Hillary Clinton says she’s moved on after losing a tightly contested race for the Democratic presidential nomination. I hope that’s not true and that she uses her speech tonight to say the one true thing that’s in her heart: "Vote for me! I would make a better president than Barack Obama and here’s why…"
Obama has taken the minimum public steps necessary to accommodate the Clintons, including giving them prime-time speaking spots.
But he has taken few of the extra steps that Clinton allies say would have gone miles toward fostering goodwill.
He did not work hard to help her retire her $24 million campaign debt.
He did not make a high-profile statement repudiating any suggestion that Bill Clinton played “the race card” in the nomination contest — an allegation that the former president considers grossly unfair and that continues to infuriate him.
The race issue is one of the great ironies as it applies to the Clintons. While there are many reasons to vote against Hillary Clinton, race is not one of them. Contrarily, there is no other reason to vote for Barack Obama unless one is enamored with the idea of following a rookie leader into an unspecified season of change.
Just as significant, Obama has maintained a certain cool diffidence toward the former president. They spoke by phone last week. But for weeks before that, associates said, Clinton had heard nothing and did not even know when he would be speaking at the convention. The Obama campaign’s only communication was a form letter sent to all delegates.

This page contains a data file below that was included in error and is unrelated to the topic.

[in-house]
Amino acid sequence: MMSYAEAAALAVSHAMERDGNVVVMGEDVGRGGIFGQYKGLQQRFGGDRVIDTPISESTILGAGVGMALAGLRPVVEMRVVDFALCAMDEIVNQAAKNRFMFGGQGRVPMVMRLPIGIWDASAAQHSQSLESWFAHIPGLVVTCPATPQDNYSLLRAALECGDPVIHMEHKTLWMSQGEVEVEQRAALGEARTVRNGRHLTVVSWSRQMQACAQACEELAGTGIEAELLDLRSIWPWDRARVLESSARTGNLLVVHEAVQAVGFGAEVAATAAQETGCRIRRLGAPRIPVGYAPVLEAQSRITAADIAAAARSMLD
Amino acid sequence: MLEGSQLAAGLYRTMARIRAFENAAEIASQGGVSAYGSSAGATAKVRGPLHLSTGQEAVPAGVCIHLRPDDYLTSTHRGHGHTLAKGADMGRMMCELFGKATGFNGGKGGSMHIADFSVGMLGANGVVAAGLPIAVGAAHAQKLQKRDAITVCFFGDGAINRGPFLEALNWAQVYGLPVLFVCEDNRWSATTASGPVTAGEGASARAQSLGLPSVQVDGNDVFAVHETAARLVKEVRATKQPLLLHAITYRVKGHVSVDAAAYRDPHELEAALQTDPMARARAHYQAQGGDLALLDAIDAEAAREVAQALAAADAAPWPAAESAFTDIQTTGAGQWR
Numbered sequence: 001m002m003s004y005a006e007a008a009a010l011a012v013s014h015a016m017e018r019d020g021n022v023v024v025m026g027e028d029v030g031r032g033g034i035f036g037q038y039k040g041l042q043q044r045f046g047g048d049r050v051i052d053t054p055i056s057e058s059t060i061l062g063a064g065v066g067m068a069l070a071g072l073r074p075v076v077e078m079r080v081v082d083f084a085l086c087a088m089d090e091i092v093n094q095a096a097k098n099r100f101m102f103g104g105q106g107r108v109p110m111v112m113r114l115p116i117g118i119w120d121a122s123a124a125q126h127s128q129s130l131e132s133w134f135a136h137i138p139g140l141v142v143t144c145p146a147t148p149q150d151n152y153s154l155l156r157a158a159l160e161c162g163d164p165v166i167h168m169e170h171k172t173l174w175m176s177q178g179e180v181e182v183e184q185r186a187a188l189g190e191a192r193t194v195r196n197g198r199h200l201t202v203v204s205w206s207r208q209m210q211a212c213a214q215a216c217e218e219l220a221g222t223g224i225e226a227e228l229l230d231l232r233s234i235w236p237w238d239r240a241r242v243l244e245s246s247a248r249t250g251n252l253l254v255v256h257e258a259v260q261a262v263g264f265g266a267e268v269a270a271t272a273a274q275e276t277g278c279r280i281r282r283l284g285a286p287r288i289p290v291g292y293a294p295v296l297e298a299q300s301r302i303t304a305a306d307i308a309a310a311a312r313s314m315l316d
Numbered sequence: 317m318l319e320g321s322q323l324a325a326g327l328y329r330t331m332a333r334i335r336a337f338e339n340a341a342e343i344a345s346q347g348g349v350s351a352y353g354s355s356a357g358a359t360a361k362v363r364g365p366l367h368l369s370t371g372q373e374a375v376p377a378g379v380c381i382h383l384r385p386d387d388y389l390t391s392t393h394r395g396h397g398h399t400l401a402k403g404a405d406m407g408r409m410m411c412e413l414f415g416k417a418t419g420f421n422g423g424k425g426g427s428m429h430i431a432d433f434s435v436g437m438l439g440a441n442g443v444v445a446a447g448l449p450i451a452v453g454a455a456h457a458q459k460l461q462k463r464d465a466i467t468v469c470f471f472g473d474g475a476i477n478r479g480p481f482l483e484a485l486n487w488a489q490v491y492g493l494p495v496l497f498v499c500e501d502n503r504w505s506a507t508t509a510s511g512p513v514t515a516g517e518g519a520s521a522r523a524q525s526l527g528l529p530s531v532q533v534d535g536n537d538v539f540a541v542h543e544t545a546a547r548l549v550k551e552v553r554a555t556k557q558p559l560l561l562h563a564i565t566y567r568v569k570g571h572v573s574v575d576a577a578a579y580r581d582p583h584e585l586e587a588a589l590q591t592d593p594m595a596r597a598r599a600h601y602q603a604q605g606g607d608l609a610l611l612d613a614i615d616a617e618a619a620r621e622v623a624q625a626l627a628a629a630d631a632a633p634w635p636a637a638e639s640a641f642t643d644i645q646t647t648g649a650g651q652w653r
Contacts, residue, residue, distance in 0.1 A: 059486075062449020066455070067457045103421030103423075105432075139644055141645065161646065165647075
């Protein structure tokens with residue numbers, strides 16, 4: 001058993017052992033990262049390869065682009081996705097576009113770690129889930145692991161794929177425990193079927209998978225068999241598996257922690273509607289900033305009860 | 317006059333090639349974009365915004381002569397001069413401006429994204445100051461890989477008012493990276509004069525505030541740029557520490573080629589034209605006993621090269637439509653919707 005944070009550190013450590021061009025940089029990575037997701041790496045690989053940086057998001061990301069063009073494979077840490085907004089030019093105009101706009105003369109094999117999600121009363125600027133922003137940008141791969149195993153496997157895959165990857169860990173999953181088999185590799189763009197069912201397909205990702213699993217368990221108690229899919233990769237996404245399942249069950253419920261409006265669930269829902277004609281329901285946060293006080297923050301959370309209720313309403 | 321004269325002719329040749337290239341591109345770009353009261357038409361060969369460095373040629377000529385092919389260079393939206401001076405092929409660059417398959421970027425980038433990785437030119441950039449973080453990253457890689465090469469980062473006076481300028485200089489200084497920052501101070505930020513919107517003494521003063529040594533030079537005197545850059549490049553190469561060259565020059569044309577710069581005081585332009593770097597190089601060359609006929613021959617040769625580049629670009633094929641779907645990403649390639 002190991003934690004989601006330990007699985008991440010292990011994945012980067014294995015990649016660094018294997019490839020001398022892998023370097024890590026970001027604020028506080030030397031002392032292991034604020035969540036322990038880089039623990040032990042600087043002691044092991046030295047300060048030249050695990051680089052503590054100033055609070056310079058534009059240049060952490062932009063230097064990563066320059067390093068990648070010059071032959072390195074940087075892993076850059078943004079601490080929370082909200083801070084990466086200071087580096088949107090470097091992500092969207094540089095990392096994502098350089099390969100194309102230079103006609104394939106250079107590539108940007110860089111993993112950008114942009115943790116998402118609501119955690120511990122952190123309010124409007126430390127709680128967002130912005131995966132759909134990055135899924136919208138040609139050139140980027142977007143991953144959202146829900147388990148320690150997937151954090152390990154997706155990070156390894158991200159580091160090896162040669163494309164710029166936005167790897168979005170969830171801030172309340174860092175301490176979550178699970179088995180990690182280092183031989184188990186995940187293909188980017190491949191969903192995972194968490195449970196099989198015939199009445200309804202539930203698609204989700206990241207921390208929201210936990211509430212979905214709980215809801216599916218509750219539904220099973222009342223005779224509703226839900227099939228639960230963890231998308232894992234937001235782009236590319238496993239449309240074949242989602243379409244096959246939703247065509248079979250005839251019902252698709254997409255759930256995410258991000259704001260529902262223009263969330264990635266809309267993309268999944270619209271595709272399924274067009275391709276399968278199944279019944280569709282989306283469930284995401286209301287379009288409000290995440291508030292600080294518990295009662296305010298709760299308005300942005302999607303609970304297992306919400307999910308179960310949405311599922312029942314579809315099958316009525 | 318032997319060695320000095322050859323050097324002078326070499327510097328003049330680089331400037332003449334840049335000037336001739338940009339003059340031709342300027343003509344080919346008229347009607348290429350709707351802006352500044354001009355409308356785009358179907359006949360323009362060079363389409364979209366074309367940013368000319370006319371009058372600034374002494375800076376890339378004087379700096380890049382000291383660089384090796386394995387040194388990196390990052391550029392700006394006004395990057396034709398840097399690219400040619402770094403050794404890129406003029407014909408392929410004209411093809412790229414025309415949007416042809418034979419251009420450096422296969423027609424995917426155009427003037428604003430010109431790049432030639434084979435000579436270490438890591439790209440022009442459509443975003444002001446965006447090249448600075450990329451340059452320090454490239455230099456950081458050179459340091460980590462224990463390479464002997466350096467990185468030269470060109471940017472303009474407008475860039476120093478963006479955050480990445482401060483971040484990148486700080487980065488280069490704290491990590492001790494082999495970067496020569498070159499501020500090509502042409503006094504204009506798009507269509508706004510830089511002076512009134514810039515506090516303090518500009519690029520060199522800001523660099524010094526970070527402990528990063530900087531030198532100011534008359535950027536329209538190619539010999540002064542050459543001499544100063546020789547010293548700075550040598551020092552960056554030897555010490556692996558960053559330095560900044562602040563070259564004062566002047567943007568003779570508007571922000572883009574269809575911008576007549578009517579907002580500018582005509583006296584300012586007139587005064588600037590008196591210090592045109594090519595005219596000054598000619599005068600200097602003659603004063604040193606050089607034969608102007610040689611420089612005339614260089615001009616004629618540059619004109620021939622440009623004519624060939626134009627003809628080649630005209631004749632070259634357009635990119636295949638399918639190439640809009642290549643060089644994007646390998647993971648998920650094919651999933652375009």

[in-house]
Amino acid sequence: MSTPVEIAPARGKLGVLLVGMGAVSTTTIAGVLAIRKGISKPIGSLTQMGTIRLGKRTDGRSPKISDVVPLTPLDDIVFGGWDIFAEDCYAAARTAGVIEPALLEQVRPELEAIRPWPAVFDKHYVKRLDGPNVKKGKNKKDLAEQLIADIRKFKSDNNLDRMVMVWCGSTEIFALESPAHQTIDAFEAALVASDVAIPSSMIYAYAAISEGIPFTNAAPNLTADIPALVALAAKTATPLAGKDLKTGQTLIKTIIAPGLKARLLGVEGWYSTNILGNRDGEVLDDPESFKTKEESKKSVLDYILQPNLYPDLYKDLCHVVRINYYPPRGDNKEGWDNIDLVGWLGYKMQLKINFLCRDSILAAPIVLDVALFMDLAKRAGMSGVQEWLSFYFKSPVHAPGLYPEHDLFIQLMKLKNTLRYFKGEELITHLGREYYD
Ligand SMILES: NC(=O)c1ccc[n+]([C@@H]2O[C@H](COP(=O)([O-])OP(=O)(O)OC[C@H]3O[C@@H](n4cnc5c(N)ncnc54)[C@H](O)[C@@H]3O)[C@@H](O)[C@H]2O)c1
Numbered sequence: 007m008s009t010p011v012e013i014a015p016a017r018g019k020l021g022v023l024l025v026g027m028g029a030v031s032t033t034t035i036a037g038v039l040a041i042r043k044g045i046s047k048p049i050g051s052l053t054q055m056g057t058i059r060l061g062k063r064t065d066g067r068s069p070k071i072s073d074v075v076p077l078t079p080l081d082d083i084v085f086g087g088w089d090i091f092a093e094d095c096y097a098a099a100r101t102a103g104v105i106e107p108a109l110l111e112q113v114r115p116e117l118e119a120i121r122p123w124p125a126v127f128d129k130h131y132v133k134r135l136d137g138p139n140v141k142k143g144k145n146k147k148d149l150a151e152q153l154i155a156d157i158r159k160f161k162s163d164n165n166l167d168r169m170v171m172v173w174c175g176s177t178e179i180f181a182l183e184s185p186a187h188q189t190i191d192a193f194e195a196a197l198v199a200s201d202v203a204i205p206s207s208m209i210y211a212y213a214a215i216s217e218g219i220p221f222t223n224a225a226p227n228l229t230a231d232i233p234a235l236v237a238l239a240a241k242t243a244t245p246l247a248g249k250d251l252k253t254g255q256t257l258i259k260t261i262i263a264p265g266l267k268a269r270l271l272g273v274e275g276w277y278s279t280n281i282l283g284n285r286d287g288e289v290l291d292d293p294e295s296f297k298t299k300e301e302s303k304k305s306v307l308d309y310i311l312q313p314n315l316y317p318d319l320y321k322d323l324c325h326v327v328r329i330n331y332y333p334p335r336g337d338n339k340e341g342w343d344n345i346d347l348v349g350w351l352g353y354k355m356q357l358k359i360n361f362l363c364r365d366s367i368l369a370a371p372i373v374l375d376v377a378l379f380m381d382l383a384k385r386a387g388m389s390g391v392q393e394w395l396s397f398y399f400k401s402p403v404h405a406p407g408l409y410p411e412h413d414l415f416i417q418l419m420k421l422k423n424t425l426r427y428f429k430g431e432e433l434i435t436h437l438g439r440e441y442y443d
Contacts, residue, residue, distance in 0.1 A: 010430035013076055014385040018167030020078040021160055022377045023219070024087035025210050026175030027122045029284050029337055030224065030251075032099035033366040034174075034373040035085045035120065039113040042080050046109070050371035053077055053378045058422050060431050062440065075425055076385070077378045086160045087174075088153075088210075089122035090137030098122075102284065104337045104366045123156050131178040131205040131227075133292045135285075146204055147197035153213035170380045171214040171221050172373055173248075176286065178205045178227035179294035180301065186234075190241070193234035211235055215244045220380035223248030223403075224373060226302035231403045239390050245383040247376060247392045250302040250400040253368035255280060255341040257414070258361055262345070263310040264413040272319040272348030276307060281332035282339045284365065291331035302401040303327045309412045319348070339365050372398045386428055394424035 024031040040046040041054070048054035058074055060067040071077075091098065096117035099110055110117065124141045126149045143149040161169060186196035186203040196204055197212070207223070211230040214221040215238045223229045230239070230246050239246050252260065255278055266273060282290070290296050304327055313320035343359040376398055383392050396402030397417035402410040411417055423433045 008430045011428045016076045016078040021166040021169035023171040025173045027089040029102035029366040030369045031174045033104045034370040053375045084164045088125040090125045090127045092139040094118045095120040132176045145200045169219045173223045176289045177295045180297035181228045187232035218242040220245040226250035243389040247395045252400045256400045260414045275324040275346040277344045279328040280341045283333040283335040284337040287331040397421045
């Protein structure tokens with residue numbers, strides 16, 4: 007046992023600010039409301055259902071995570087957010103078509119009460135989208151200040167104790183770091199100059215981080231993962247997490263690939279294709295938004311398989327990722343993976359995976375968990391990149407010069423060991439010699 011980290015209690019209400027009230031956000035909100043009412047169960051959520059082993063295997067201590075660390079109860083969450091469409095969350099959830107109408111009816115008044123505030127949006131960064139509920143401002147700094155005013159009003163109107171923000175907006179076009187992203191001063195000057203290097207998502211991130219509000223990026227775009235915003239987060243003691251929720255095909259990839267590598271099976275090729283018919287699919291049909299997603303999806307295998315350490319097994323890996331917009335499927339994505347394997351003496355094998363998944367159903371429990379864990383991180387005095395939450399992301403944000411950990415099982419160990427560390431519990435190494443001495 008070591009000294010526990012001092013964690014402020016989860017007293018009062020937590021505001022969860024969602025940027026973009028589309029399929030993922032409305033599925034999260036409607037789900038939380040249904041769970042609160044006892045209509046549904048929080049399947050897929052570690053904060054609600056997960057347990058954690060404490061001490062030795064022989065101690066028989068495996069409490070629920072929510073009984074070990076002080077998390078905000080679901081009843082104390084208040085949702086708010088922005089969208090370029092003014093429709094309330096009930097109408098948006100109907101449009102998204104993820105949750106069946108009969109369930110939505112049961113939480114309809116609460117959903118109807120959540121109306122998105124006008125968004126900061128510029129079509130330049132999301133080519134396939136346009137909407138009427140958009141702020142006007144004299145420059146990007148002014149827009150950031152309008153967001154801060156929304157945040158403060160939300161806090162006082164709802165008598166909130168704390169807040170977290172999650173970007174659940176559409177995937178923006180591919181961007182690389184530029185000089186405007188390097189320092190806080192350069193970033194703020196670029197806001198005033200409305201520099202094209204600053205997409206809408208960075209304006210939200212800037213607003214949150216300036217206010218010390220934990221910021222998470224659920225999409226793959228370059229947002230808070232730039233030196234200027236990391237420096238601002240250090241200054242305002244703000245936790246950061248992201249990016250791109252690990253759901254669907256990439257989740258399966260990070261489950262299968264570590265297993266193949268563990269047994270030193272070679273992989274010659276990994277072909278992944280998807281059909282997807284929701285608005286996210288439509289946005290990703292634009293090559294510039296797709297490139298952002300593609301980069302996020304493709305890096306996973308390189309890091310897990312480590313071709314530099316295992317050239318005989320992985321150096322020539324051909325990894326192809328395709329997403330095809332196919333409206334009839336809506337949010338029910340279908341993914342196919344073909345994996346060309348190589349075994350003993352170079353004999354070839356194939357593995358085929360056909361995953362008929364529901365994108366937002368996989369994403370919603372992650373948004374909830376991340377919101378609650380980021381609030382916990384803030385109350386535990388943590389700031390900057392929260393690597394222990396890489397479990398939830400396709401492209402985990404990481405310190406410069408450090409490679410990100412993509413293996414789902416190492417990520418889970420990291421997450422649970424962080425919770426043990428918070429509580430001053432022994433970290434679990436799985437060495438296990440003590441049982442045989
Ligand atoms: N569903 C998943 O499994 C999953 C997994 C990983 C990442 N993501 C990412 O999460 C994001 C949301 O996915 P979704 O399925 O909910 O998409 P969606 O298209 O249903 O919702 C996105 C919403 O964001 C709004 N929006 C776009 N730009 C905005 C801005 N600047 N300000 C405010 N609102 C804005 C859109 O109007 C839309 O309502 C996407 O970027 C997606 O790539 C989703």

Clinton loves to offer advice to fellow Democrats. But even in their conversations, Clinton friends say, Obama shows little deference or signs that he thinks Clinton, the only Democrat since Franklin D. Roosevelt to win two terms, has any special wisdom to offer.
“There is a lot Obama could have done to unify the party, and basically he hasn’t lifted a finger,” said one Democratic operative who is close to the Clinton team.
Much as I can’t stand the thought of seeing Bill Clinton roaming the halls of the White House that he despoiled, his wife would in fact be a better president than Mr. Obama. She would probably be better than John McCain too, if not for her unfortunate party affiliation.
So here’s hoping that Mrs. Clinton will, for once – and perhaps for all – tell the truth tonight.
"Suppose you’re a voter, and you’ve got candidate X and candidate Y. Candidate X agrees with you on everything, but you don’t think that candidate can deliver on anything at all. Candidate Y you agree with on about half the issues, but he can deliver. Which candidate are you going to vote for?"
Then, perhaps mindful of how his off-the-cuff remarks might be taken, Clinton added after a pause: "This has nothing to do with what’s going on now."